Hinojos, a Phoenix-based muralist, is using her art as a political voice to call attention to the uncertainty around the Deferred Action for Childhood Arrivals policy, otherwise known as DACA, which President Trump ended by executive order last September, with a six-month delay.
Hinojos says there was a need to do this mural in Arizona because of its strong conservative political base, and the lack of representation on the subject throughout the artistic community.
"Not everyone wants to turn on the news and see the negative politics of what's happening," Hinojo says. "This is another form of bringing awareness and hope and inspiration with art."
Hinojos, also known as "La Morena," first started painting murals in 2012, and since then has done murals across Arizona, and out of state in collaboration with other Phoenix artists such as Mata Ruda and Jeff Slim.
Hinojos describes the mural as a fight for critical social justice issues that need awareness. For this particular piece, Hinojos collaborated with a local art teacher, Venessa Chavez, and five female students from Maxine O. Bush Elementary School to create "Unlocking Your Potential and Freedom."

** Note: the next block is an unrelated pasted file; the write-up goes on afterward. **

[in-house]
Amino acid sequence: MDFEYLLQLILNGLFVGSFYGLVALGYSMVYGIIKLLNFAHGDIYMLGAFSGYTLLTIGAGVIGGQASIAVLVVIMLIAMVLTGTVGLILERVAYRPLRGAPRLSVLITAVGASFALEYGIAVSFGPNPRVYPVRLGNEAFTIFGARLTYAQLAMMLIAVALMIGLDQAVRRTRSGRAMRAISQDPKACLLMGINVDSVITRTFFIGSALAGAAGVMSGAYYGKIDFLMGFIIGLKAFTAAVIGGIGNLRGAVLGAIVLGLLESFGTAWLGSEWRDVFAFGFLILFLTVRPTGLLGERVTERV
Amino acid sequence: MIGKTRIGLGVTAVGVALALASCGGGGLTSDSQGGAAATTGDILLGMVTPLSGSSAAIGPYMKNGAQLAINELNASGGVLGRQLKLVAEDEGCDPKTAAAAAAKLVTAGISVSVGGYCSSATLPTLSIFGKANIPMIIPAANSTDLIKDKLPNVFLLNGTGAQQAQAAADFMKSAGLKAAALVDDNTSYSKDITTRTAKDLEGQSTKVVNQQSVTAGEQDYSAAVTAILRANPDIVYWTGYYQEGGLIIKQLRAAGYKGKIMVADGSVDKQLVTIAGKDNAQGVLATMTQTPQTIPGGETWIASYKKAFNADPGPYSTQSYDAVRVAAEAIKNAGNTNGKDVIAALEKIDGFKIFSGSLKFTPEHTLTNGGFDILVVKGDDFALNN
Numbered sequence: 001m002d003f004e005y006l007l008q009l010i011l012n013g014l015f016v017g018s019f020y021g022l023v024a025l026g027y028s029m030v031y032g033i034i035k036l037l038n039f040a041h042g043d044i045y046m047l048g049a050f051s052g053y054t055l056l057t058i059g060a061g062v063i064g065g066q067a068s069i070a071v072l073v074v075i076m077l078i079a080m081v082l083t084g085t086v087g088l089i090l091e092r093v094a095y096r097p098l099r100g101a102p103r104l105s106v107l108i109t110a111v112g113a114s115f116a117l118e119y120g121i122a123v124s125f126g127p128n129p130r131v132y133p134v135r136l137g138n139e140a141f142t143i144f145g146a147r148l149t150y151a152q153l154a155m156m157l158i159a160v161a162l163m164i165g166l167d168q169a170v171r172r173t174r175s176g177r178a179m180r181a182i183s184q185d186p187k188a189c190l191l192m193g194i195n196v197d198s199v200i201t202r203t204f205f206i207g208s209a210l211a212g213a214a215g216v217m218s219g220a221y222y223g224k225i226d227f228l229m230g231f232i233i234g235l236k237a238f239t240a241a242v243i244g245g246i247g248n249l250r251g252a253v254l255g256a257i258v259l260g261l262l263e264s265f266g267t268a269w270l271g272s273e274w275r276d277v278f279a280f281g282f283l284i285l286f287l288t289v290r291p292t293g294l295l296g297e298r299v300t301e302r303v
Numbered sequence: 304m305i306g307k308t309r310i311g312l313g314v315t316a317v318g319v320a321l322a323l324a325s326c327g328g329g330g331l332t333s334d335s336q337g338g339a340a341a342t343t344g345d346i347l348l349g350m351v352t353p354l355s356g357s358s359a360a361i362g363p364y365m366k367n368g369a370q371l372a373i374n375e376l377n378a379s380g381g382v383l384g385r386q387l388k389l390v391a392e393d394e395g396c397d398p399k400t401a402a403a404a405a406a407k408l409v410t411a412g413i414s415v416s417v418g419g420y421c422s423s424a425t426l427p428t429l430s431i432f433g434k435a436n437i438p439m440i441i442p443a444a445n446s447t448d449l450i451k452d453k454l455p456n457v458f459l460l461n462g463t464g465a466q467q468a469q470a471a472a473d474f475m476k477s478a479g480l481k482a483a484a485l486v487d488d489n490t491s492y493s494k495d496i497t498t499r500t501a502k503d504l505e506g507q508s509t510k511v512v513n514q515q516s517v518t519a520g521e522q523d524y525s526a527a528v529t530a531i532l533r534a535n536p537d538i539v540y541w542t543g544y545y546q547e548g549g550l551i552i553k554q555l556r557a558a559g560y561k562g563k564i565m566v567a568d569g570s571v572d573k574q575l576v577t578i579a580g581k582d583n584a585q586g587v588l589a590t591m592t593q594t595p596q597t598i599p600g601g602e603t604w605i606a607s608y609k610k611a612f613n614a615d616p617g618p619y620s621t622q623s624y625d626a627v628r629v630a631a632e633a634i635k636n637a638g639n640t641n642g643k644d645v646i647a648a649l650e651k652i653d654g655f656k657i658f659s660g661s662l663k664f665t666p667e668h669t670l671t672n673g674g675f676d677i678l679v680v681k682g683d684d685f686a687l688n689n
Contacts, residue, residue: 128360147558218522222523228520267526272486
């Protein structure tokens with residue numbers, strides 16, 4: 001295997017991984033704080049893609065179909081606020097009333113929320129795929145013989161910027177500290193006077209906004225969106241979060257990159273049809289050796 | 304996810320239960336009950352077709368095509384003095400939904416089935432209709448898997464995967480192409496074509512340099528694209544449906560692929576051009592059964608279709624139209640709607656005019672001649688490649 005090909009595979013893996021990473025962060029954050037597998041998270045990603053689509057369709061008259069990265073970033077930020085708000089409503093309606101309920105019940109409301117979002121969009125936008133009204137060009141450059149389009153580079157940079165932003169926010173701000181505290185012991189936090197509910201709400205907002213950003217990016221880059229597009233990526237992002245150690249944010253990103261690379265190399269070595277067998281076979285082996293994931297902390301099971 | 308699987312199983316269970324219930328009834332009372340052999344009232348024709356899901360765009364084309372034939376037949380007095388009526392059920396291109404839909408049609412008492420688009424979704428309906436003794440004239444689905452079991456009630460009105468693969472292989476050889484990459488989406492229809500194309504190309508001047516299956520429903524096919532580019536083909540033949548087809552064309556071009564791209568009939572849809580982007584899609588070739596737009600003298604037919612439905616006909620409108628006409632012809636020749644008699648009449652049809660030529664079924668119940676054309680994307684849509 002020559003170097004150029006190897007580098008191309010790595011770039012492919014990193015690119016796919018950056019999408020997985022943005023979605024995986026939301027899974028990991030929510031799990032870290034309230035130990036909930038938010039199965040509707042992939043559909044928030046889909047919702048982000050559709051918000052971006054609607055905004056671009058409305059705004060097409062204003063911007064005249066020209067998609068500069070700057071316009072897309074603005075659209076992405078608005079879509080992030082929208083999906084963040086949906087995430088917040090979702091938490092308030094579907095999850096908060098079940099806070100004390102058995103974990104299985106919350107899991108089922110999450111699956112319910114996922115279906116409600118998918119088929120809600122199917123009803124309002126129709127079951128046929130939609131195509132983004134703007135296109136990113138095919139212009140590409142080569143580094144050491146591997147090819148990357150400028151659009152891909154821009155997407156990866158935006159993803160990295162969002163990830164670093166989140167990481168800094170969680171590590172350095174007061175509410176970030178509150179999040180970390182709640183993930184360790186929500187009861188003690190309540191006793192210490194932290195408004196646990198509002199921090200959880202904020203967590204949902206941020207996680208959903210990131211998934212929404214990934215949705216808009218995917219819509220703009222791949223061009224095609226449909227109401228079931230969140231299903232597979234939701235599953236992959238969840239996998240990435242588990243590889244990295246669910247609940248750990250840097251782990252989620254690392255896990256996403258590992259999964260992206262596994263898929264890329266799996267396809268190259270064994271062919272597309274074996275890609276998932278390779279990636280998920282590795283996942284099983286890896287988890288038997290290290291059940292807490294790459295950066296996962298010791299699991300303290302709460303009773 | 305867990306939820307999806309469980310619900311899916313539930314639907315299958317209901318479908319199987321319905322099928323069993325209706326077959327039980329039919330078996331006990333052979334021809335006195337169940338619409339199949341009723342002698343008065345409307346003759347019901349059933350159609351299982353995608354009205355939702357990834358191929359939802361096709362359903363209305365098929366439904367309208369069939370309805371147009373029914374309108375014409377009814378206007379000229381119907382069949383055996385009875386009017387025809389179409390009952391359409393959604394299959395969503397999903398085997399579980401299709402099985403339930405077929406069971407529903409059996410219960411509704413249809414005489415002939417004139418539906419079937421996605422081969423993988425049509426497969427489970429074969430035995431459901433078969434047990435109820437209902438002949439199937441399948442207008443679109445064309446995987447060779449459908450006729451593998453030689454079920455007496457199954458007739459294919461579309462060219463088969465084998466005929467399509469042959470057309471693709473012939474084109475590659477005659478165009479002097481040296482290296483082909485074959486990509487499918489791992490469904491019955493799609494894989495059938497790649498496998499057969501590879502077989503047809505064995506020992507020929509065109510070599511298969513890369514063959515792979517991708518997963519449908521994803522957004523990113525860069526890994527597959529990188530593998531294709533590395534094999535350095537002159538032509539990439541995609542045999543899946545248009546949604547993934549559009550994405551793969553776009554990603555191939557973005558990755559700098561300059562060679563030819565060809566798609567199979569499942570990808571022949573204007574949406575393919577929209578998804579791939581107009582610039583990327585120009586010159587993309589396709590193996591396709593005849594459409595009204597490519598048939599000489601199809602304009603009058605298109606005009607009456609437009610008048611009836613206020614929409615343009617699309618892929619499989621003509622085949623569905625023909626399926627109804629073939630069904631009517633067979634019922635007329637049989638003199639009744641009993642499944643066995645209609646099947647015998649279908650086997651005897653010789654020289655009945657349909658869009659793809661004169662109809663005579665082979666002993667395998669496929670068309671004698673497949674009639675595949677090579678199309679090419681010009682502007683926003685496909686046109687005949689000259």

"We want to teach the youth about culture and social justice, and that art could be their voice," Hinojos says.
The mural depicts a young Hispanic female field-worker who comes across a cage, and releases the butterflies and doves trapped inside, while working in the middle of a corn field. The five students that are collaborating with Hinojos each dedicated a butterfly to the mural, symbolizing the Dreamers' freedom, and doves to represent peace.
"We have to let these Dreamers know that everyone is fighting for their rights, we have your back, we are here for you, and we are going to keep fighting," Hinojo says.
Since Trump decided to end DACA in September, the U.S. Senate has been unsuccessful in approving a bi-partisan solution that provides border-wall funding, and a legal path to citizenship for 1.8 million Dreamers. On March 5, nearly 1,000 DACA permits began to expire daily, leaving those Dreamers without jobs, and facing the risk of deportation.
With over 28,000 Dreamers in Arizona alone, Hinojos says this mural and its message are timeless.
"It's not about me, it's about the community. I'm doing this for the community," Hinojos says. "We are going to keep fighting because these are our neighbors, our friends, our family members."